More controversial still is Tarantino’s depiction of the legendary actor and martial arts master Bruce Lee, played with exacting conviction by Mike Moh. Film Journalist Walter Chaw recently published an incredibly personal and deeply moving essay on Once Upon A Time, which was supplemented by a Twitter thread where he extolled the virtue of emphasizing the flawed humanity of Bruce Lee as opposed to his continued glorification and idolization, itself rooted in racial bias. In the ongoing struggle for diversity of cultural context and opinion in film criticism, his analysis is undoubtedly invaluable to our understanding. On the other hand, a recent interview with Shannon Lee, the daughter of Bruce Lee, revealed that she was extremely upset with the depiction of her father, despite the effort to honor him. In what she likened to “mockery”, she expressed dismay that the further context of his unending struggle with institutional racism in Hollywood was not brought to bear in regards to his bravado and temper. Who is right? Who has the “Correct Take”? Is there even such a thing in this situation?

In considering these viewpoints, I fear that they will be used as cudgels against dissenting opinion. We’ve seen this before; the New Yorker essay written by a Japanese woman which provided a positive assessment on Wes Anderson’s Isle of Dogs was bandied about on social media as a way to discredit the rationality and concerns of Asian-American film critics. The same was true during the Ghost In the Shell western adaptation debacle wherein interviews with Japanese fans, film producers and even the director of the original film all were said to “approve” of Scarlett Johansson’s casting, giving ammunition to fanboys to demand that detractors shut up about the racist aspects of the production. One fascinating thing I’ve noticed in my social media sphere is how other black film critics are also reacting negatively to the depiction of Bruce Lee, which I think speaks to how his legacy developed differently in different parts of American culture. Whereas white viewers might have seen him as an exotic twist on the Ubermench concept, many black viewers saw him as a bridge between two different cultures fighting against the common tyranny of racism. Lee showed this unity on screen casting African Americans such as Jim Kelly and basketball icon Kareem Abdul Jabbar in his films; likewise, the influence of Lee and other Asian martial arts actors was evident in the infusion of Asian martial arts into the black power movement of the 60s and 70s.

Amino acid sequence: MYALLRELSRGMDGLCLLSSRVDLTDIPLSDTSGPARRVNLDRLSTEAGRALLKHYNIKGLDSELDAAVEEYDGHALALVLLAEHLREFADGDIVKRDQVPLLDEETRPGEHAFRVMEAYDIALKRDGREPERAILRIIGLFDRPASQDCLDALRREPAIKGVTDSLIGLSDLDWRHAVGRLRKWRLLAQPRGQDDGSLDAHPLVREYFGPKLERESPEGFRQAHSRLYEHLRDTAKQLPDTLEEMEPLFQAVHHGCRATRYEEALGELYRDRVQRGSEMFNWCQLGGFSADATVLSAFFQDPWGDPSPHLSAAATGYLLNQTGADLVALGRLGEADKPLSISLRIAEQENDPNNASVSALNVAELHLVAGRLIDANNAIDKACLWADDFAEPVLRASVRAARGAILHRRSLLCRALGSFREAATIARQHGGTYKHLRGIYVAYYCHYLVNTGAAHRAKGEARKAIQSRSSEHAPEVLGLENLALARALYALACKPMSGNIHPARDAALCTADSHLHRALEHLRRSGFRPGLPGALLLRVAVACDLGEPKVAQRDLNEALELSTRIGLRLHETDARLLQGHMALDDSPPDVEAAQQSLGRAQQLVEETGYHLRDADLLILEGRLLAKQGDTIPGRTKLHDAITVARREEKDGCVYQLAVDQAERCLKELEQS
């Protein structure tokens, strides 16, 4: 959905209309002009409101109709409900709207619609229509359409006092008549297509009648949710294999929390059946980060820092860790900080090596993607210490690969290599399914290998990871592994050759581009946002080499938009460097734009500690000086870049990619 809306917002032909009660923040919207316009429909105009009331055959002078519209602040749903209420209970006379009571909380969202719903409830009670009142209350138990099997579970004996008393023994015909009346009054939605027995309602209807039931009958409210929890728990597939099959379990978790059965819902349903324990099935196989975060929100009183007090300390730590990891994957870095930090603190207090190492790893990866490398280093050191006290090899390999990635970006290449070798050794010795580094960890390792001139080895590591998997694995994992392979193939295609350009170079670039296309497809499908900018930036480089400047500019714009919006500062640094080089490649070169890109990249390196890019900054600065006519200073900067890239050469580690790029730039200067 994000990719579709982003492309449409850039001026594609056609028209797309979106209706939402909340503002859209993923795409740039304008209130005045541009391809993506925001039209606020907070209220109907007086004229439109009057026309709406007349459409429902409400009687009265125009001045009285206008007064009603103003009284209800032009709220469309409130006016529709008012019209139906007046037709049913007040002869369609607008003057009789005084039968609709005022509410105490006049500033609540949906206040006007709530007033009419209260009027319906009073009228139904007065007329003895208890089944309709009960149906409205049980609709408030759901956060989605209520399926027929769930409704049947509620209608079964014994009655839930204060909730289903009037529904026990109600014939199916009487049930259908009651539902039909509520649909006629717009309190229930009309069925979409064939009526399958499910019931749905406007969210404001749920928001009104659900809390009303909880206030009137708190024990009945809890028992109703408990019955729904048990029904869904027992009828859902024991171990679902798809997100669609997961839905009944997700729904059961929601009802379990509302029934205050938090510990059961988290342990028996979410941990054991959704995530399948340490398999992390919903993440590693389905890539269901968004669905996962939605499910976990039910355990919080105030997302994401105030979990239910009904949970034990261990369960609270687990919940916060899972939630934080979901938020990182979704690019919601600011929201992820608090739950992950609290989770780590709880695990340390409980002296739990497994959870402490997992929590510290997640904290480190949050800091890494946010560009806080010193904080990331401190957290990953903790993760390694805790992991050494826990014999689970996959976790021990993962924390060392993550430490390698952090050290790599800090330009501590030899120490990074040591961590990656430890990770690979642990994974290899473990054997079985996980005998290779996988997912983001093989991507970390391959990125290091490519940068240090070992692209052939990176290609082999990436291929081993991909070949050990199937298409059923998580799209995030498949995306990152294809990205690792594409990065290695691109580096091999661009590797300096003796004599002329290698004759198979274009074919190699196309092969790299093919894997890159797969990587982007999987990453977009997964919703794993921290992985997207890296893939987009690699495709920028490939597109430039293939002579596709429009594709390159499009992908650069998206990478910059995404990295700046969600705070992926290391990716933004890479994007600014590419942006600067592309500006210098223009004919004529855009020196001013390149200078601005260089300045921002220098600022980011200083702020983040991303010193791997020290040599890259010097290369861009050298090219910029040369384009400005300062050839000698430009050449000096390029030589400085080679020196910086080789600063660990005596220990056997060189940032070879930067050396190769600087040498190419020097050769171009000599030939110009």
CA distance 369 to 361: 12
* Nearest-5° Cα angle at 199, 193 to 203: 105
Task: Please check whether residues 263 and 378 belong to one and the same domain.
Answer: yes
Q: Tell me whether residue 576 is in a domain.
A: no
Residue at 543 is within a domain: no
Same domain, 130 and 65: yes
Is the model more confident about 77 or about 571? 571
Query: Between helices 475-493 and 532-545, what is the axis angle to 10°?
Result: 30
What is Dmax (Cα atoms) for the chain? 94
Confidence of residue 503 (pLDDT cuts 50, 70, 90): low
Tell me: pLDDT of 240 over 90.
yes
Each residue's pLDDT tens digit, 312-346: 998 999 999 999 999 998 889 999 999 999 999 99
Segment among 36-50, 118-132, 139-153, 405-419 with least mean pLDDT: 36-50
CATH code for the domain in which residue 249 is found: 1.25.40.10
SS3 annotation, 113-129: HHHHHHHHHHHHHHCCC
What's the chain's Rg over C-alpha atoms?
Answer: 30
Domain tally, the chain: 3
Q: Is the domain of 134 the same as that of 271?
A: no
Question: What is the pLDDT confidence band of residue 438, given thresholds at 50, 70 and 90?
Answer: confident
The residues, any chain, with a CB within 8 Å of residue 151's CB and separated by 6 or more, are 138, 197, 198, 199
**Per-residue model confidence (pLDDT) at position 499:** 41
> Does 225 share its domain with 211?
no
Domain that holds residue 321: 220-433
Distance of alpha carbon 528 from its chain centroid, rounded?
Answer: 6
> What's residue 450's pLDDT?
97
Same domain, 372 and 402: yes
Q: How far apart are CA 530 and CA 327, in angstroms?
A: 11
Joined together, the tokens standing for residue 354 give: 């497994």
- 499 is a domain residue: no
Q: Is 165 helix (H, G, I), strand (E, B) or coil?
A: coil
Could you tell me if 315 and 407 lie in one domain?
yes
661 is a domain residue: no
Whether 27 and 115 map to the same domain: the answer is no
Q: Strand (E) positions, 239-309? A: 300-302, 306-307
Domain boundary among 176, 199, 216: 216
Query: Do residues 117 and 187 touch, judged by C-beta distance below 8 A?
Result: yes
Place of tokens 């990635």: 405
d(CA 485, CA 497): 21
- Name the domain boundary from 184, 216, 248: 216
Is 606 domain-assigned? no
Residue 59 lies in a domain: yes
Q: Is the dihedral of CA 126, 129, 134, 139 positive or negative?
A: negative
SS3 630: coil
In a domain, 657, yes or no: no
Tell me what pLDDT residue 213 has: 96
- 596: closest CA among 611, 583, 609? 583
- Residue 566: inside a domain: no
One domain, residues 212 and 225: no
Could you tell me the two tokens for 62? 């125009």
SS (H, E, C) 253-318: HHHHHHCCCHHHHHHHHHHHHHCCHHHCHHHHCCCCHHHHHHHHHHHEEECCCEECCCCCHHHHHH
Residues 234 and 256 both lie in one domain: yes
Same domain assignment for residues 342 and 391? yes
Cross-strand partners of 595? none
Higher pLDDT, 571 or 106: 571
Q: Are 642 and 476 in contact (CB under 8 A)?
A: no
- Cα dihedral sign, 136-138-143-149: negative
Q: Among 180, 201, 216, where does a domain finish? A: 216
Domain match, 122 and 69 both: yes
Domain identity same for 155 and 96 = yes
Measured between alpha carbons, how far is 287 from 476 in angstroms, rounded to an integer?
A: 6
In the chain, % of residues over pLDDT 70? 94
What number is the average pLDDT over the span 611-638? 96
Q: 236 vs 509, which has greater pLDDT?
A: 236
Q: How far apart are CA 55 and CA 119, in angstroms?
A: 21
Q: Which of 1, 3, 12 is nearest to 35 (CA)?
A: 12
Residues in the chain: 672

These are just two main points of contention with Once Upon a Time In Hollywood. There are multitudes more to be found online and in public discussion. And that contention is important. If this medium is to mean anything at all, we need to fight and wrestle and struggle with what that meaning is. That pushing back against the status quo is important to the progress of art and culture. It’s been said that when you’re accustomed to privilege, equality feels like oppression. I imagine that when you’ve been controlling the conversation for so long, other people getting a turn to speak feels like you’re being silenced. We have to recognize that even though you may be tired of The Discourse, there are many other people who have been cast to the sidelines for so long finally getting their voices heard. And in the end, if we can at least recognize the courtesy for all to be allowed to speak their piece, we will truly gain something worthwhile from all the noise.